At some universities, student organizers have attempted to preserve the pageant by shifting the focus to character and social messages.

At Sophia University in Tokyo, organizers asked each candidate to choose a societal challenge as a personal topic and post messages on social media. The contest organizers also unified the male and female pageants, inviting contestants who identified somewhere along the gender spectrum.

Last year, when Sophia’s revamped grand finale was staged online, one contestant hid her face, trying to convey that beauty was no longer the focus of the event. (She didn’t win).

This year’s winner, Mihane Fujiwara, 19, is a social worker who highlighted her visit to Cambodia, where she witnessed garbage problems in poor communities, and her volunteer work at a Los Angeles soup kitchen over the summer.

But last year’s runner-up, Mai Egawa, 21, who is studying African Studies, said so whenever she wrote a post social media About her interest in Rwanda, she received comments telling her “You are cute” or “You are beautiful”.

“If the viewers of the competition don’t change,” she said, “then it’s difficult to change the perception of the competition.”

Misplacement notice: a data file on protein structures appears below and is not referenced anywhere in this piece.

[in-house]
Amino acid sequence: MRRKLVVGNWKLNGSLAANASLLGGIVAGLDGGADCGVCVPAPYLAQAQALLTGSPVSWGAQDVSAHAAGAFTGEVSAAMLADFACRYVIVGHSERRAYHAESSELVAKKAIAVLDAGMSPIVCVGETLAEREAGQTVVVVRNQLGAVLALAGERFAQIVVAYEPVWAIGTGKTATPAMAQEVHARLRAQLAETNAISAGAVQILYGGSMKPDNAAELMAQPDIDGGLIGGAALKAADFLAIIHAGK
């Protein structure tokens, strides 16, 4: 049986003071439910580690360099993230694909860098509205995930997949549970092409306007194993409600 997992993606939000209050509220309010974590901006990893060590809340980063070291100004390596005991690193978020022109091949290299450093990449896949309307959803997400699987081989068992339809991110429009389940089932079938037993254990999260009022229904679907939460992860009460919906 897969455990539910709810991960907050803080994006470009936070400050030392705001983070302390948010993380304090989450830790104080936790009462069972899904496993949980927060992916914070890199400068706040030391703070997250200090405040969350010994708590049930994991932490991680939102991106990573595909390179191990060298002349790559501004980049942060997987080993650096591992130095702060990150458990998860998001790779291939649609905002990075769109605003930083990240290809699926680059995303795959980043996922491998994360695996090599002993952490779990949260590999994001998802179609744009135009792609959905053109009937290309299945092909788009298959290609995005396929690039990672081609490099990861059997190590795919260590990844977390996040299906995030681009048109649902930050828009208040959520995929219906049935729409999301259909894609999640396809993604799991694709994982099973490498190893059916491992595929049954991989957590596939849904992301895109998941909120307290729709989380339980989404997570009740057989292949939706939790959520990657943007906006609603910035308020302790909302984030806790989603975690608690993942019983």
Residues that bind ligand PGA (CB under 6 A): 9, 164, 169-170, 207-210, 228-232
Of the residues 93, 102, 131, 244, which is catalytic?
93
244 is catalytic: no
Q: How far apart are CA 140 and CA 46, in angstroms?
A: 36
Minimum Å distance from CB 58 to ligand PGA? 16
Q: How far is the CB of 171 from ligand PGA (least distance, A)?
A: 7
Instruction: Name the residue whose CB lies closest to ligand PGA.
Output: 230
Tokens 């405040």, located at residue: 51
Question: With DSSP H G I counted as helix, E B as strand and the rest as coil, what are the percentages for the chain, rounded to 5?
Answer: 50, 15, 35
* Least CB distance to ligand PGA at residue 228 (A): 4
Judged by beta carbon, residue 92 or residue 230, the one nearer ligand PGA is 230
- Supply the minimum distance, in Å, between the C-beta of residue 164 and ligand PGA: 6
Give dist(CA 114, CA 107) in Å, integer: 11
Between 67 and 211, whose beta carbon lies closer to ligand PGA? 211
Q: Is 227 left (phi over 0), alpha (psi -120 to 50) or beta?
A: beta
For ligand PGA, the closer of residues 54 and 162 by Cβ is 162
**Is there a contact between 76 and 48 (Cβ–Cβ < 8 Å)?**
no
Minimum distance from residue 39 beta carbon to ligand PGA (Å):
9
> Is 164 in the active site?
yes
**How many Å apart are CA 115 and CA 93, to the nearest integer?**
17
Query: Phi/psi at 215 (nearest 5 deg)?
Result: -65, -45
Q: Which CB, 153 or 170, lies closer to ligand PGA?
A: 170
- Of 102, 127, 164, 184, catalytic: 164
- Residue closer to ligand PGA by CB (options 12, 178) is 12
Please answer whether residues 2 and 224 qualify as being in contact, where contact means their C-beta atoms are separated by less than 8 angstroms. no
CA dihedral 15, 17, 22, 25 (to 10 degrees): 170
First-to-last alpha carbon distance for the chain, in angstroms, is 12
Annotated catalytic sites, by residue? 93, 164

On a weekend in late October, the two-day grand finale of the “Miss Mister Aoyama Contest” took place in a dark auditorium on the ninth floor of a skyscraper in Tokyo’s Shibuya district.

Ms. Iozumi and five other female finalists paraded across the stage in lacy party dresses borrowed from a sponsor, and videos showing other company supporters flashed on a large screen. Each participant gave a short performance – decorating a cake, singing a hip-hop song they had composed and, in Ms. Iozumi’s case, demonstrating a karate kata with a partner.

During a four-month campaign period, fans could vote online every day. At the finale, they voted manually to determine the finalists. Masayuki Yamanaka, 47, a regular pageant in the audience, wore a fedora and balanced a number of small stuffed animals on his lap. As he scrutinized the candidates’ profiles in a glossy program, he struggled to make his final decision. “They’re all so cute,” he said.

On the second day, the three remaining finalists, each accompanied by a male finalist, appeared on a red carpet catwalk in bridal gowns with full hoop skirts and glittering tiaras. Ms. Iozumi hid her shoulders under a bodice with a high lace neckline and long sleeves.

As the contestants returned to the lighted stage, they conjured up a mass wedding of petrified-faced couples.

When Ms. Iozumi was declared Miss Aoyama, she looked stunned.

Nodoka Ogawa, 21, sat at the back of the auditorium with a classmate from a university in Chiba, a prefecture bordering Tokyo, and said she would never think of entering a Miss Con pageant.

“I think they have to be so brave because so many people are going to be looking at them,” she said. “And you must be very beautiful physically.” Beauty Over Brains: Japan’s Skin-Deep University Pageants